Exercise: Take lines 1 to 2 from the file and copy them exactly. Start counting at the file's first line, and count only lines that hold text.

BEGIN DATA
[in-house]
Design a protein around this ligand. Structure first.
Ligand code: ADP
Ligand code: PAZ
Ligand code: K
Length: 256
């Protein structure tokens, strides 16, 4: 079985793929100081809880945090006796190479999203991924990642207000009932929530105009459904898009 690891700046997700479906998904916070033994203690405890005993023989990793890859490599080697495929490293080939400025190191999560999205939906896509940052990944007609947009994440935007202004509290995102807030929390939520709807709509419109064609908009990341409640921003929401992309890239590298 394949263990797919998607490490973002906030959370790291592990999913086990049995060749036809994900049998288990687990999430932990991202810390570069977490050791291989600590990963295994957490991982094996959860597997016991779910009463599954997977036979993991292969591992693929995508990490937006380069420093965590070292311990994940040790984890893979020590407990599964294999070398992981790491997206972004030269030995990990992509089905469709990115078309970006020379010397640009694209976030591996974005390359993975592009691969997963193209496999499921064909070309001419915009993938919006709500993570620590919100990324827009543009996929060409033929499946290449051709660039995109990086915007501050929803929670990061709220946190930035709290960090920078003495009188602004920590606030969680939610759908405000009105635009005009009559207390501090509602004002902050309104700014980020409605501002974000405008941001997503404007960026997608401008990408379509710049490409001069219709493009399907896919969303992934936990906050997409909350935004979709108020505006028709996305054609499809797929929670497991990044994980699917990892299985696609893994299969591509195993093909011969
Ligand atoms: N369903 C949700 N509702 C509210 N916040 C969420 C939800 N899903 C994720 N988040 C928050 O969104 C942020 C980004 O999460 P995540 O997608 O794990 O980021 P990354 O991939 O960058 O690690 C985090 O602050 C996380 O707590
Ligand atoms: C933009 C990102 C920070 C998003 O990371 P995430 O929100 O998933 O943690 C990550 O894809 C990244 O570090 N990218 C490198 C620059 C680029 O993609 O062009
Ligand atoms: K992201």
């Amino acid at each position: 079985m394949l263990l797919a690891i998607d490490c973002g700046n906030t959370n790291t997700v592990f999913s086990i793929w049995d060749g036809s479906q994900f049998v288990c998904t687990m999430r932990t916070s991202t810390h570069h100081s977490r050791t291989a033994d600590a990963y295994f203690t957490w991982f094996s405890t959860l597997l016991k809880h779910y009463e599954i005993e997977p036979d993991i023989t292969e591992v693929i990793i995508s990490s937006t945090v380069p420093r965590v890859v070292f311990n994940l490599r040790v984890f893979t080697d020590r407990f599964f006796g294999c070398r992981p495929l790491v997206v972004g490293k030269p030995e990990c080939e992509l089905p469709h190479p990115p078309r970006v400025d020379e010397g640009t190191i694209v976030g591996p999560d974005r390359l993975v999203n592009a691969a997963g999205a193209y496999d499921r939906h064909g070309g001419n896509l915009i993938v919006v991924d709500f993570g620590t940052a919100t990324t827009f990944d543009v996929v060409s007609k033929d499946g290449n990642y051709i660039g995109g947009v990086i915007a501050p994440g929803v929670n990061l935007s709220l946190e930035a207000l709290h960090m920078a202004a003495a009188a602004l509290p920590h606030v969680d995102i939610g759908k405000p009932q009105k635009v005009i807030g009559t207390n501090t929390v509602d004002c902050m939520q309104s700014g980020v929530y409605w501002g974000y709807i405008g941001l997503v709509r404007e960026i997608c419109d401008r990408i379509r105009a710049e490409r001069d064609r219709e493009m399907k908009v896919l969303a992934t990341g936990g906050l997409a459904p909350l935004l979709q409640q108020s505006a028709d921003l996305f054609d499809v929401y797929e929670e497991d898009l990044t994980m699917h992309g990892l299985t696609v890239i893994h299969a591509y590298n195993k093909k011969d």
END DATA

[in-house]
Design a protein around this ligand. Structure first.